Janna Fangfingers — Amazing!

That it is. And, no, while he has been known to make things up, notably the Phantacea Mythos itself, Jim McPherson did not make this up.

Claire Nash did, on SF Reader (http://sfreader.com/read_review.asp?t=Janna+Fangfingers-by+Jim+McPherson&book=1557). Not all that long ago either (August 2013), considering it’s been out since 2011

Front cover for Janna Fangfingers, collage prepared by Jim McPherson, 2010/11

Front cover for Janna Fangfingers, collage prepared by Jim McPherson, 2010/11

As for the “Amazing” bit, here’s a quote:

“The story appears at first to be hard to comprehend with a vast store of Phantacea jargon and complicated characters that often have multiple names. McPherson does well to remedy this disposition, however, with an in-depth character list and prologue for the reader to reference.

“It took this writer a while to get into the book without reading the character list, but once I understood it, the book was AMAZING! A definite recommendation for those with large imaginations …”

SF Reader also got copies of “Feeling Theocidal” and “Goddess Gambit“. No sign of any reviews but shall put up lynx, good, bad or indifferent, whenever discovered.

Just in case you wondering which is which, here’s a quick reminder of what all the fuss is about:

Janna Fangfingers

Set in the Years of the Dome 5476 to 5495 – but narrated in 5980 YD – Fangers is the third and final mini-novel comprising “The 1000 Days of Disbelief“, Book Two of ‘The Thrice-Cursed Godly Glories’ trilogy.

As told by the Legendarian, Jordan ‘Q for Quill’ Tethys, the day before the scheduled launching of the Cosmic Express from the Outer Earth’s Centauri Island, it details the truly horrifying consequences of the thereafter demonized Trigregos Titaness playing a Trigregos Gambit.

Wittingly or unwittingly, she sets in motion circumstances that so imperil the Hidden Continent of Sedon’s Head the Genesea (perhaps better known as the Great Flood of Genesis) could finally overwhelm it — nearly 5,500 years belatedly.

Her actions, and those of her husband and their terrible twins, dauntless deviants the three of them, result in not just the 1000 Days of Disbelief themselves but in All-Death Day itself. In many respects because of them, more Dead Things are marching against the Living than there are beings breathing, let alone fighting back.

It being his Age, resolving such a cataclysmic turn of events should properly fall to Thrygragos Everyman and his three Unities (the incomparable Harmony, Thunder and Lightning Lord Order and Uncle Abe Chaos).

After all, they thwarted threats to the Inner Earth posed by the Death’s Head Hellion in 4825 YD and, much later on, contagion collectors subordinate to Quoits Tethys (the Titaness’s Granny Jordy) and her lieutenants, Tomcat Taddletail and Herta Heartthrob, among others.

Maybe they would have, too. Except, what’s left of them after Harmony’s Feast Day of 5492 are driving the debacle.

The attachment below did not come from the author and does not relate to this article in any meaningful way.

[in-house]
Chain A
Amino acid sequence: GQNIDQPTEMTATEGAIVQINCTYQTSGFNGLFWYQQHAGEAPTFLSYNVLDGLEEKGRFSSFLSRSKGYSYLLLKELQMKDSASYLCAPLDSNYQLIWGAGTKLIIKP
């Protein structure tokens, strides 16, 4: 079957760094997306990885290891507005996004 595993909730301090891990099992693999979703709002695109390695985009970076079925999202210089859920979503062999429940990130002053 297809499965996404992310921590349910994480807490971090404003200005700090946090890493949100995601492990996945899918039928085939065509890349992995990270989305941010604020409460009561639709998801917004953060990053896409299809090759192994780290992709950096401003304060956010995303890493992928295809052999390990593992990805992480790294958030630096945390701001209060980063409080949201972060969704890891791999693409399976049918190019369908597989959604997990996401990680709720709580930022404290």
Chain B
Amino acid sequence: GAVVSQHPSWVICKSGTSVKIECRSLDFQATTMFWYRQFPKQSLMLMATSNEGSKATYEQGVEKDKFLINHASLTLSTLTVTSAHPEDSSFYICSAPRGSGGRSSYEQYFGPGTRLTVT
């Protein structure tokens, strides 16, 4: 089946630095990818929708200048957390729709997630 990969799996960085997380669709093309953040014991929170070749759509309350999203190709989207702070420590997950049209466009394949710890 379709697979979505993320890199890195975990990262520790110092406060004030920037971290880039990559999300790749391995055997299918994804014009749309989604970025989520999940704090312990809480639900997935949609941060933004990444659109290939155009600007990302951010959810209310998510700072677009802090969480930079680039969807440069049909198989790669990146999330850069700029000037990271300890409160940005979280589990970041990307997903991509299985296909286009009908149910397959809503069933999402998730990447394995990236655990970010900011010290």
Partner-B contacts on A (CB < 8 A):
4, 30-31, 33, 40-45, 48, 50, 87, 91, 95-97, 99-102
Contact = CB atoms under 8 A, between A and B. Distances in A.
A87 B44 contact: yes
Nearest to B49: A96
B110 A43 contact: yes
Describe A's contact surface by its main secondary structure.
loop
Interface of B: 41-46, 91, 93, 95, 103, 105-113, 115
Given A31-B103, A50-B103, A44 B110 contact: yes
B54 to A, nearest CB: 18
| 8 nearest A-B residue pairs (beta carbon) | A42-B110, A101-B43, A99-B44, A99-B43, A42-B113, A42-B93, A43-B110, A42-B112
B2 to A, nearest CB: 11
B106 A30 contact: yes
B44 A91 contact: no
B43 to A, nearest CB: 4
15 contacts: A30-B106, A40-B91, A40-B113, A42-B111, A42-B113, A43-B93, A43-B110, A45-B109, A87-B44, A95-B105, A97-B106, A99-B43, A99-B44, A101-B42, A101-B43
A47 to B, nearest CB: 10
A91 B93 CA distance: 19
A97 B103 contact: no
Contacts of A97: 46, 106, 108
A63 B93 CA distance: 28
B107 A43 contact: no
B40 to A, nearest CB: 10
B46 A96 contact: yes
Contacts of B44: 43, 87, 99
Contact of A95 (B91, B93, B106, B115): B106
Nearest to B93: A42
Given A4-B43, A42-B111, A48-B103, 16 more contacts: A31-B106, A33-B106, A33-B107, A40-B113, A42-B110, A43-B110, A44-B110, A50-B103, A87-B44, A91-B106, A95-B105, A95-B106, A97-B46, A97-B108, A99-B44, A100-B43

And her extraordinary daughter, Janna already Fangfingers, is riding the wave of her mother’s making both then, in the Dome’s 55th Century, and now, in its 60th.

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Note: Being part of “The Thousand Days of Disbelief”, Fangers doesn’t have it’s own web page. Here‘s another even briefer blurb on the mini-novel. Finally, here’s a link to the (rather extensive) Prologue and Character Companion referred to in the review.

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Nuclear Dragons now available from Phantacea Publications

PRESS RELEASE                                                    FOR IMMEDIATE RELEASE

Jim McPherson’s ongoing project to novelize the Phantacea comic book series continues with “Nuclear Dragons”

Nuclear Dragons Interactive PDF

VANCOUVER, BC: In 2009 Phantacea Publications released “The War of the Apocalyptics”, the opening entry in the ‘Launch 1980’ story cycle. At its centre stood the same stirring saga of extraterrestrial Shining Ones and the doomed but unyielding Damnation Brigade as that related in “Phantacea Revisited 1: The Damnation Brigade”.

That 2013 graphic novel gleaned material from the pages of Phantacea 1-5 (1977-1980) as well as Phantacea Phase One (mid-1980s). Its novelization’s until then untold Outer Earth sequences introduced or re-introduced a number of fascinating protagonists; ones who appeared or would have appeared in the comic book series had it continued.

With a breathtaking cover by Ian Bateson, “Nuclear Dragons” turns the spotlight back on many of them.

Front and Back Covers for "Nuclear Dragons"; artwork by Ian Bateson, 1980/2013; text by Jim McPherson

Front and Back Covers for “Nuclear Dragons”; artwork by Ian Bateson, 1980/2013; text by Jim McPherson

Given what’s coming, though, if they’re on Centauri Island days after the launching of the Cosmic Express, will any of them last long enough to return for a third entry in the ‘Launch 1980’ story cycle?

No matter. Jim McPherson’s Phantacea Mythos is as full of incredible individuals as it is of astonishing challenges for them, and/or others, to survive.

Review copies available. For more information contact:

Phantacea Publications
74689 Kitsilano RPO, 
2768 West Broadway, 
Vancouver BC, V6K 4P4
Primary website: http://www.phantacea.com
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